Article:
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The total solar eclipse's swath across Wyoming and the United States in August 2017 provided an opportunity for scientists to study a variety of celestial and earthly phenomena, from learning more about the sun's corona to the behavior of animals and plants.
University of Wyoming botany and hydrology doctoral student Daniel Beverly used the eclipse to examine the impact of the moon's shadow on an iconic plant species of Wyoming and the Intermountain West: big sagebrush. He found that the short period of darkness caused a significant reduction in photosynthesis and transpiration in the desert shrub, but not quite to the levels of nighttime.
Rhythm—the - Response - Clock - Humans—was - Changes
Additionally, the circadian rhythm—the response to the internal clock common to nearly all organisms including humans—was interrupted by the sudden changes in sunlight beyond typical cloud cover.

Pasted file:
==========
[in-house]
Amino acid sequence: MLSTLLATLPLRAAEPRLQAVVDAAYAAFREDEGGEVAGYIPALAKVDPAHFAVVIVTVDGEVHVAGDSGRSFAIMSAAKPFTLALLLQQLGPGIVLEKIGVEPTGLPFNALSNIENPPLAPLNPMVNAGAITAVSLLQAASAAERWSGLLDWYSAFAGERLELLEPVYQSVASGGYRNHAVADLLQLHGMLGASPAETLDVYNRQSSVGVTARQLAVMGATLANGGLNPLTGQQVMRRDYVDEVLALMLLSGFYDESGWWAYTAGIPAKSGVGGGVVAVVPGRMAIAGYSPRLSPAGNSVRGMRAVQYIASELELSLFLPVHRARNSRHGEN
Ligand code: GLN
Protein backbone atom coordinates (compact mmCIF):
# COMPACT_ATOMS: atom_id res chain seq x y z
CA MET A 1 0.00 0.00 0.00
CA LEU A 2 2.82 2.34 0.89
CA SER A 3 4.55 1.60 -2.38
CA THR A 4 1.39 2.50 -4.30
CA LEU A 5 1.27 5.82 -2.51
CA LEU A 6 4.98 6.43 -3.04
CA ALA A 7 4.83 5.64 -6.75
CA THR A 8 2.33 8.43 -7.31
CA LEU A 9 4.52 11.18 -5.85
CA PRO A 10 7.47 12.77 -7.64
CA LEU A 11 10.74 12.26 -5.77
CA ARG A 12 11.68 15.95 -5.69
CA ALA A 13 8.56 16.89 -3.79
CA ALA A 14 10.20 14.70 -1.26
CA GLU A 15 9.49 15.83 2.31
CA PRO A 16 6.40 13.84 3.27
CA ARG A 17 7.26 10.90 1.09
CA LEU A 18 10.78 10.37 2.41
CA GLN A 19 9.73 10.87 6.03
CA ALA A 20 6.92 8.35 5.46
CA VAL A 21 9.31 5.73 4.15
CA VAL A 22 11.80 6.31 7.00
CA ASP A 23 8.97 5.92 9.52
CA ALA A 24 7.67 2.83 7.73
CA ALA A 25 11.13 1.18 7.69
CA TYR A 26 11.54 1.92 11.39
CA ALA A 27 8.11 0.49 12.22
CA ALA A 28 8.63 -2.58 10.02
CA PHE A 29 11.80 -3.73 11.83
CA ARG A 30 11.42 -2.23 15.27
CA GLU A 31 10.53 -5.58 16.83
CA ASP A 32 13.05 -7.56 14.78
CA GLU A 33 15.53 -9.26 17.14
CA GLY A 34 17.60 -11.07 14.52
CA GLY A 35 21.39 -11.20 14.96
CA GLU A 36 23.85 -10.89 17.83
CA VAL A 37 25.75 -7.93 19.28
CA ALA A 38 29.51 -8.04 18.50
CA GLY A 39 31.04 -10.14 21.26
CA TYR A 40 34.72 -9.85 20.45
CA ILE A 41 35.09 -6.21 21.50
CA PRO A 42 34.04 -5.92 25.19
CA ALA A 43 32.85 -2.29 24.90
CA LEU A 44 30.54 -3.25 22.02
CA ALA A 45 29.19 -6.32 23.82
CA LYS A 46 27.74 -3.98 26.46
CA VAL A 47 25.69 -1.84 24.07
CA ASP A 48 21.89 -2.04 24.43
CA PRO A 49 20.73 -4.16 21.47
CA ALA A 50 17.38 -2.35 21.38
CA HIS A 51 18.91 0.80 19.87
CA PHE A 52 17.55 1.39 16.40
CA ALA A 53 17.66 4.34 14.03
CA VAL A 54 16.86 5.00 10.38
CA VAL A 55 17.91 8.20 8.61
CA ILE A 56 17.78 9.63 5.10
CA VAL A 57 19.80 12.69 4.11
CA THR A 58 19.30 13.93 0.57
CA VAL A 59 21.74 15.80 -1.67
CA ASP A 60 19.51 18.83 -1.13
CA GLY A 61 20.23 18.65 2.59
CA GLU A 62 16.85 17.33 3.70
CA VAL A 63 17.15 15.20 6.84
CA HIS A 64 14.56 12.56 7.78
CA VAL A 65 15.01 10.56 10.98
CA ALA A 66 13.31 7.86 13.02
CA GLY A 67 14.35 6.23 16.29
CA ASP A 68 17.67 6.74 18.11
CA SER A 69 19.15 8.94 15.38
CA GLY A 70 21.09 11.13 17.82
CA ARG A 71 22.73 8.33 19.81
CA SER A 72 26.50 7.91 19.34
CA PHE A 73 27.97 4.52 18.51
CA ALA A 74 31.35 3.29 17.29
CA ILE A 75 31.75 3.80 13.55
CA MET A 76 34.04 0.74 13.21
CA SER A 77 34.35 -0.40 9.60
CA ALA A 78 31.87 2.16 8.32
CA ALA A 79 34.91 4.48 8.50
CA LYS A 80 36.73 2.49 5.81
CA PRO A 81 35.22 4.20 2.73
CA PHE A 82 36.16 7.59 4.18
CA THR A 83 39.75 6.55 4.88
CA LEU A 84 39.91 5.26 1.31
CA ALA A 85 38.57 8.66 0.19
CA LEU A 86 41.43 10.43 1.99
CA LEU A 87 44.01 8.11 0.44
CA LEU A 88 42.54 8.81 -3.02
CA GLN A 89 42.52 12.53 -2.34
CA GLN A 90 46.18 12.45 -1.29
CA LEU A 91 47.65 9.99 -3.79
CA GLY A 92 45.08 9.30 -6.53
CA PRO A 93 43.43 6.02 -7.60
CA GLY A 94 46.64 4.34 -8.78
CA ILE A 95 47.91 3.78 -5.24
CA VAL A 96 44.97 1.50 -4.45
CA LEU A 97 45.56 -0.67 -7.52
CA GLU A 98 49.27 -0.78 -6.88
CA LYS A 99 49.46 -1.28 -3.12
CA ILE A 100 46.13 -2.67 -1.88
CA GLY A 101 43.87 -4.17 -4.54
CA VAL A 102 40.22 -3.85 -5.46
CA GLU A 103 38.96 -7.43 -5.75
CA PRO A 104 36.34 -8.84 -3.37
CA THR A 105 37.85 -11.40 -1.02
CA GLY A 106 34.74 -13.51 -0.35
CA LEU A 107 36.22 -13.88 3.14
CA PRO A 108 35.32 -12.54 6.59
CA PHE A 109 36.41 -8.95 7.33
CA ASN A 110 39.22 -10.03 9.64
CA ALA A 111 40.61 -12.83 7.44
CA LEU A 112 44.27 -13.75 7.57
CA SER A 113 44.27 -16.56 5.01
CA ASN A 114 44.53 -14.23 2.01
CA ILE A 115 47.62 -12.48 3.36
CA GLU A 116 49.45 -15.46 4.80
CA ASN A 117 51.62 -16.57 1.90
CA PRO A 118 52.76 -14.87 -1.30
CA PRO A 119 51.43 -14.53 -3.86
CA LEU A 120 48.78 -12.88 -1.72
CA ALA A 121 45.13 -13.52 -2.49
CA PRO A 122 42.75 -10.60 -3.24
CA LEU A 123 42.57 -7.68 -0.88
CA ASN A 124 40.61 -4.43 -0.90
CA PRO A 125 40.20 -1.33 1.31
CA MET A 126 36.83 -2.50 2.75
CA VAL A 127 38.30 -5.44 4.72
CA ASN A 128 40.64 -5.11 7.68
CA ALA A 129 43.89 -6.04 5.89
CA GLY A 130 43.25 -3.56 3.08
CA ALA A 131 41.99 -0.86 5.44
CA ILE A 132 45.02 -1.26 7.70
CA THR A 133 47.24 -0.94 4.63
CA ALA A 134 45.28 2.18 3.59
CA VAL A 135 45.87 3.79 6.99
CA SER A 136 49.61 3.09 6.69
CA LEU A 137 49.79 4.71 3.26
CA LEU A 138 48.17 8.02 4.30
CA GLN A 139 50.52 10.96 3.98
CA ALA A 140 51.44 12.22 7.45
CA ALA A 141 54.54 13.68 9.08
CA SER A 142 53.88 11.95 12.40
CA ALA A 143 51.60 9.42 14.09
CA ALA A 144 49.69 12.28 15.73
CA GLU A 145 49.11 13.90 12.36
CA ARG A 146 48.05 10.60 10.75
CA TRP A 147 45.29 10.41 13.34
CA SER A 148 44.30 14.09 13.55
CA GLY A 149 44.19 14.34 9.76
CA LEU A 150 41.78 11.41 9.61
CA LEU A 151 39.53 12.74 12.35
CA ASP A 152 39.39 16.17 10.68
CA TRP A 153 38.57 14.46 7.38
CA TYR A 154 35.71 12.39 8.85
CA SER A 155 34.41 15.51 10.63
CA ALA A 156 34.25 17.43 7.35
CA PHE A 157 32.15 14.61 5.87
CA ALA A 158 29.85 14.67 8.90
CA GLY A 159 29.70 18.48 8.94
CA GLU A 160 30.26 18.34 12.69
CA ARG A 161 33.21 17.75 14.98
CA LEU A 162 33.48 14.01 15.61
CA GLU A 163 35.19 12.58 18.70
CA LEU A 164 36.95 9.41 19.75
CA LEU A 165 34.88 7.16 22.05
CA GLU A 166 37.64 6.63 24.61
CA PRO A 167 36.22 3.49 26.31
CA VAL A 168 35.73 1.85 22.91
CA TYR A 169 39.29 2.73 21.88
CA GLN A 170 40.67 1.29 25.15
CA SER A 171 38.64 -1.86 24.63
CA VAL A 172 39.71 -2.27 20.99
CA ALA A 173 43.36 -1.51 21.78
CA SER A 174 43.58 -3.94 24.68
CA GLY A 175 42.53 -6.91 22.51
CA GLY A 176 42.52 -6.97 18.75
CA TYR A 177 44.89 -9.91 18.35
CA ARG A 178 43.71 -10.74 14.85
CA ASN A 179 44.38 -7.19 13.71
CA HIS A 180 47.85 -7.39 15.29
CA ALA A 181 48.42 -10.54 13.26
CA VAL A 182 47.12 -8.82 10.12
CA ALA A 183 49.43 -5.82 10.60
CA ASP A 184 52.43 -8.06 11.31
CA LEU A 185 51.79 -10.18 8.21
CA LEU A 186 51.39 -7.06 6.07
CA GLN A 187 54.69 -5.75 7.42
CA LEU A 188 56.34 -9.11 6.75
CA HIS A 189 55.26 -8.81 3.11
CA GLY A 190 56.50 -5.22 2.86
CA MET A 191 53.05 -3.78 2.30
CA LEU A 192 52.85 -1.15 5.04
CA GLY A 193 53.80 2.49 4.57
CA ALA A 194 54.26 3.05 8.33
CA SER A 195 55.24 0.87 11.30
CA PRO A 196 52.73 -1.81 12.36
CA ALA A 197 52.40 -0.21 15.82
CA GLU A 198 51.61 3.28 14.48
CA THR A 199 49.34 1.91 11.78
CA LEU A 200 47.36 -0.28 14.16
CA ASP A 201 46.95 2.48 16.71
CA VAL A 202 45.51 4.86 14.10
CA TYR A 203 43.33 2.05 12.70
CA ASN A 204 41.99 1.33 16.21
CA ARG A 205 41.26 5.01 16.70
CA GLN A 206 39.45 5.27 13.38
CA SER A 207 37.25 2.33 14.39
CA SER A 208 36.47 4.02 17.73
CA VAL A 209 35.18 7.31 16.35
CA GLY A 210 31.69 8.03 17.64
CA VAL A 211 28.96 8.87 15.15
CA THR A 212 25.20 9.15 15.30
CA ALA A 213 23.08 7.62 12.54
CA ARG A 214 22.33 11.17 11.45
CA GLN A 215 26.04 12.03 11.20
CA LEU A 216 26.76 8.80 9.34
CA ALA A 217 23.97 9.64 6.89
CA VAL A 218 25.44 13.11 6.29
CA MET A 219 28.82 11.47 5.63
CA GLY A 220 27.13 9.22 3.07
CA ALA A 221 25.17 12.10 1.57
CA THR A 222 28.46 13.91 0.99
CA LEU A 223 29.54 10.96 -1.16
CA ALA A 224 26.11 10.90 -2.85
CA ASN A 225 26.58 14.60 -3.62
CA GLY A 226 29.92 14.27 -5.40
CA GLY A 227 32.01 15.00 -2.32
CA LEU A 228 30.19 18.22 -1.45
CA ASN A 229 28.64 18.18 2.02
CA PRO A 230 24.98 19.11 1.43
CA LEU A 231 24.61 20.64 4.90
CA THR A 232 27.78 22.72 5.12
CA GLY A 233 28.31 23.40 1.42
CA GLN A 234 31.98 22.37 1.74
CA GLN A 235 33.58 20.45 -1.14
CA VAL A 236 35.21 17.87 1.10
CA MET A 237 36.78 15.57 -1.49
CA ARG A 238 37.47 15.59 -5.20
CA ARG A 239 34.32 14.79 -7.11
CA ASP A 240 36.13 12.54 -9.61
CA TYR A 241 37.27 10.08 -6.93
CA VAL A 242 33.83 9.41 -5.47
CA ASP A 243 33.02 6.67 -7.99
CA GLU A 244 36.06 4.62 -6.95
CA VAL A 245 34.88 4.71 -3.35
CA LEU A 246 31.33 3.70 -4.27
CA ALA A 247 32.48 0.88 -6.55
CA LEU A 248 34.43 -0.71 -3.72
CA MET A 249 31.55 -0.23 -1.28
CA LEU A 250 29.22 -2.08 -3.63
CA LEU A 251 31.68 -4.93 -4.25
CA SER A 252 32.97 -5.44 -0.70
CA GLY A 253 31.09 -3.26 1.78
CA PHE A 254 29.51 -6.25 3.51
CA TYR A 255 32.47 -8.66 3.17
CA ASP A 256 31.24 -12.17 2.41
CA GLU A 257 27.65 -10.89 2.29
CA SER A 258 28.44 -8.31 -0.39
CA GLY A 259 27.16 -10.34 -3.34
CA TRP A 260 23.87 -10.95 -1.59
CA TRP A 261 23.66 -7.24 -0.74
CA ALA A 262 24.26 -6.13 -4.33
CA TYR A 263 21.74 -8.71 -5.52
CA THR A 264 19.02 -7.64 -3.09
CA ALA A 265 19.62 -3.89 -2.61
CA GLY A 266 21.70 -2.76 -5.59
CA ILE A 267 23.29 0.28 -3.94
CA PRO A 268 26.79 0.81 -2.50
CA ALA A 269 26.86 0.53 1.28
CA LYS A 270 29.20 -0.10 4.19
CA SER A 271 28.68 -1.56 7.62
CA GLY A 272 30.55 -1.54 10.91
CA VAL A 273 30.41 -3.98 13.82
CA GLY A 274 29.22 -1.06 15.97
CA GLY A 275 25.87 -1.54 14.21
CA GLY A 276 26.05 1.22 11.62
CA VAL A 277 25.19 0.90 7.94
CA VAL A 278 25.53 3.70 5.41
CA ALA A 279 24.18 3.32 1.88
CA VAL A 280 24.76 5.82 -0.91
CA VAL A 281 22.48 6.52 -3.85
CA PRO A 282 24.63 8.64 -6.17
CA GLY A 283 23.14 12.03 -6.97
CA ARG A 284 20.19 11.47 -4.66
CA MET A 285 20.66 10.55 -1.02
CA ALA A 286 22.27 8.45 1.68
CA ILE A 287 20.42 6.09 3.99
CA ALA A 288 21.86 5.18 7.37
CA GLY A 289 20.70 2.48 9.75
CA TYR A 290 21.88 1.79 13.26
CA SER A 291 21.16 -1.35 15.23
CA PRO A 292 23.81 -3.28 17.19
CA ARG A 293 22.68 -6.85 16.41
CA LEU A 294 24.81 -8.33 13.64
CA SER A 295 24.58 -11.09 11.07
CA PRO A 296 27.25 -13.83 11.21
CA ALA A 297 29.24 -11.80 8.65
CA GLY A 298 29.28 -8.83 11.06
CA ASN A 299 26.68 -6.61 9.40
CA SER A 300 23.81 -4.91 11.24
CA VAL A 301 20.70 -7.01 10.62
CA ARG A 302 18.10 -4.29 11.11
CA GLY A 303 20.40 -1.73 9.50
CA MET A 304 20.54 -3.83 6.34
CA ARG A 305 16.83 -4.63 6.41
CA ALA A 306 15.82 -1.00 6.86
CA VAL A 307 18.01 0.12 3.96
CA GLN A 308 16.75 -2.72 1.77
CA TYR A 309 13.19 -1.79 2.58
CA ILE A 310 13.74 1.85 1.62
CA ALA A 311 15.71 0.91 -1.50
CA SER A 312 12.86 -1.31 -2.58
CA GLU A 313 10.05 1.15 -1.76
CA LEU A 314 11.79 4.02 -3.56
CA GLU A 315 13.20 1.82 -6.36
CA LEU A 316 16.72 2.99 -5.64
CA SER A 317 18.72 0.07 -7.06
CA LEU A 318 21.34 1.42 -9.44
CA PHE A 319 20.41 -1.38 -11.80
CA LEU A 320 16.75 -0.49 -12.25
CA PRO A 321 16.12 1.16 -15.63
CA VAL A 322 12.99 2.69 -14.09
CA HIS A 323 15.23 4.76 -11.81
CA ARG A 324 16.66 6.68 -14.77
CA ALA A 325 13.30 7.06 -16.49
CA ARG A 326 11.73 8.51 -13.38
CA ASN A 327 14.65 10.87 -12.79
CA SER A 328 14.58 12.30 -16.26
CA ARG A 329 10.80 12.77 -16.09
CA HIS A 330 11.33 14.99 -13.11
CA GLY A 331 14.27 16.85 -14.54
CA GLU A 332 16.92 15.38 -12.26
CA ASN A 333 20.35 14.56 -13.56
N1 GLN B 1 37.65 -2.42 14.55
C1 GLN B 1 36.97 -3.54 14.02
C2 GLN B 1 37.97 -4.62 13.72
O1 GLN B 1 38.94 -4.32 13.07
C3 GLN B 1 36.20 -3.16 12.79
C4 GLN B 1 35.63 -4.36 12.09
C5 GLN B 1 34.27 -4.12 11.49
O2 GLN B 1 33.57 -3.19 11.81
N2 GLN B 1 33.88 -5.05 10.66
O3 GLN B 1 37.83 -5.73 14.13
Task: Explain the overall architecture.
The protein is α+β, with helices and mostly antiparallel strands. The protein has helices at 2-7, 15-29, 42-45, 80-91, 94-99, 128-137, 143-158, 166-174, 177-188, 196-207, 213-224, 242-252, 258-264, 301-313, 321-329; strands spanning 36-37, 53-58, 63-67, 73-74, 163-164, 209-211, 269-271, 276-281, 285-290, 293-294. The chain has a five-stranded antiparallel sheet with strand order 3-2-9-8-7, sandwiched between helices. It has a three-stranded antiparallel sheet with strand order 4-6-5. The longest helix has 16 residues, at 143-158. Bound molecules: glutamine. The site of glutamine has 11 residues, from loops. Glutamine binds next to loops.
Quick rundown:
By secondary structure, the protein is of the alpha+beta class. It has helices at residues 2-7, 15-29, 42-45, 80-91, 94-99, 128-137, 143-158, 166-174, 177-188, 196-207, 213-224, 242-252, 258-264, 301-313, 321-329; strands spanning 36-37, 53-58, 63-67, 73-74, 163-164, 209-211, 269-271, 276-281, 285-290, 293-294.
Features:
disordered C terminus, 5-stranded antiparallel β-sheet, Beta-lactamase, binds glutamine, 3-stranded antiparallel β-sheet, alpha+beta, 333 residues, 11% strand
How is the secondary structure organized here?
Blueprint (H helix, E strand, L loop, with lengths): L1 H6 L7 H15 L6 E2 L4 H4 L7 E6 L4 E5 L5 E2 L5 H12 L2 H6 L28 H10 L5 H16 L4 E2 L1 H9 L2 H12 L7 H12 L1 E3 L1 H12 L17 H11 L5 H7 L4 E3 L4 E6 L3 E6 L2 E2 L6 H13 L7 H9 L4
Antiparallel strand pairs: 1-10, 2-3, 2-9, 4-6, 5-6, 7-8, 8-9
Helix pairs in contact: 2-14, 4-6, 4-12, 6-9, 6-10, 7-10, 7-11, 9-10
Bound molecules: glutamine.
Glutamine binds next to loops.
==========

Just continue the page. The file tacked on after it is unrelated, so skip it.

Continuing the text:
"The reduced temperature and lack of sunshine shocked the circadian clock of big sagebrush, triggering a response far beyond what happens when clouds block sunlight," says Beverly, whose research appears today in the journal Scientific Reports. "However, the duration of eclipse totality was not sufficient to bring the plants completely to their nighttime state."
Scientists - Response - Animals - Eclipses - Findings
Scientists have extensively studied the response of animals to total solar eclipses. Those findings have been mixed, with birds, bees and spiders behaving just as they do at dusk, while no behavioral change was observed in animals such as dairy cattle and captive chimpanzees. On the other hand, very little is known about plant responses to eclipses, either on the small scale or across broad ecosystems. Beverly's study—which involved fellow UW scientists in the Department of Botany, the Program in Ecology...
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